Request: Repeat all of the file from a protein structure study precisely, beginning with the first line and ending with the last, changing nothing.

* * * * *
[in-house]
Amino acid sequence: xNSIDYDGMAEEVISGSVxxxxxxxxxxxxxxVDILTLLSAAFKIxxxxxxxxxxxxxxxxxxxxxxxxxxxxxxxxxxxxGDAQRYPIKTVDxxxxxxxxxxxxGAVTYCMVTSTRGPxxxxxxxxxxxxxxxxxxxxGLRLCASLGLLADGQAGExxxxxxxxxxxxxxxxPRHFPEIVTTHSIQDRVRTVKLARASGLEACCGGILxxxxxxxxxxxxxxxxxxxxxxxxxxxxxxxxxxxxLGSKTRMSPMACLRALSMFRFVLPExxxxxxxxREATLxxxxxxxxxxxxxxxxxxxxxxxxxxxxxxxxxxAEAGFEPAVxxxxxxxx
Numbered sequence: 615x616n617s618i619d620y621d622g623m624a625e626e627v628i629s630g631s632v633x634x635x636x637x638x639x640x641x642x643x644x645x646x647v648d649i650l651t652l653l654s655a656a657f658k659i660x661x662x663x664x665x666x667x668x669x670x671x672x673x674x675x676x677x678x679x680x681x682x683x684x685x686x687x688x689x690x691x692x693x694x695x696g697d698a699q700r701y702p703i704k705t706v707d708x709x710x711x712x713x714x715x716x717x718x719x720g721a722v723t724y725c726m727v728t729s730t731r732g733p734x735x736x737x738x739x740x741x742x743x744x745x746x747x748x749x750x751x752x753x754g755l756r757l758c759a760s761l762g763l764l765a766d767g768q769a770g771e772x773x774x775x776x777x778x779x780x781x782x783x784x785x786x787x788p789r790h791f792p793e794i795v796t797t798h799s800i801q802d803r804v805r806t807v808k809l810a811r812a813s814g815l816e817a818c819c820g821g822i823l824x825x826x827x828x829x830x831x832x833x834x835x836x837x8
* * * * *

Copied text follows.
[in-house]
Amino acid sequence: xNSIDYDGMAEEVISGSVxxxxxxxxxxxxxxVDILTLLSAAFKIxxxxxxxxxxxxxxxxxxxxxxxxxxxxxxxxxxxxGDAQRYPIKTVDxxxxxxxxxxxxGAVTYCMVTSTRGPxxxxxxxxxxxxxxxxxxxxGLRLCASLGLLADGQAGExxxxxxxxxxxxxxxxPRHFPEIVTTHSIQDRVRTVKLARASGLEACCGGILxxxxxxxxxxxxxxxxxxxxxxxxxxxxxxxxxxxxLGSKTRMSPMACLRALSMFRFVLPExxxxxxxxREATLxxxxxxxxxxxxxxxxxxxxxxxxxxxxxxxxxxAEAGFEPAVxxxxxxxx
Numbered sequence: 615x616n617s618i619d620y621d622g623m624a625e626e627v628i629s630g631s632v633x634x635x636x637x638x639x640x641x642x643x644x645x646x647v648d649i650l651t652l653l654s655a656a657f658k659i660x661x662x663x664x665x666x667x668x669x670x671x672x673x674x675x676x677x678x679x680x681x682x683x684x685x686x687x688x689x690x691x692x693x694x695x696g697d698a699q700r701y702p703i704k705t706v707d708x709x710x711x712x713x714x715x716x717x718x719x720g721a722v723t724y725c726m727v728t729s730t731r732g733p734x735x736x737x738x739x740x741x742x743x744x745x746x747x748x749x750x751x752x753x754g755l756r757l758c759a760s761l762g763l764l765a766d767g768q769a770g771e772x773x774x775x776x777x778x779x780x781x782x783x784x785x786x787x788p789r790h791f792p793e794i795v796t797t798h799s800i801q802d803r804v805r806t807v808k809l810a811r812a813s814g815l816e817a818c819c820g821g822i823l824x825x826x827x828x829x830x831x832x833x834x835x836x837x8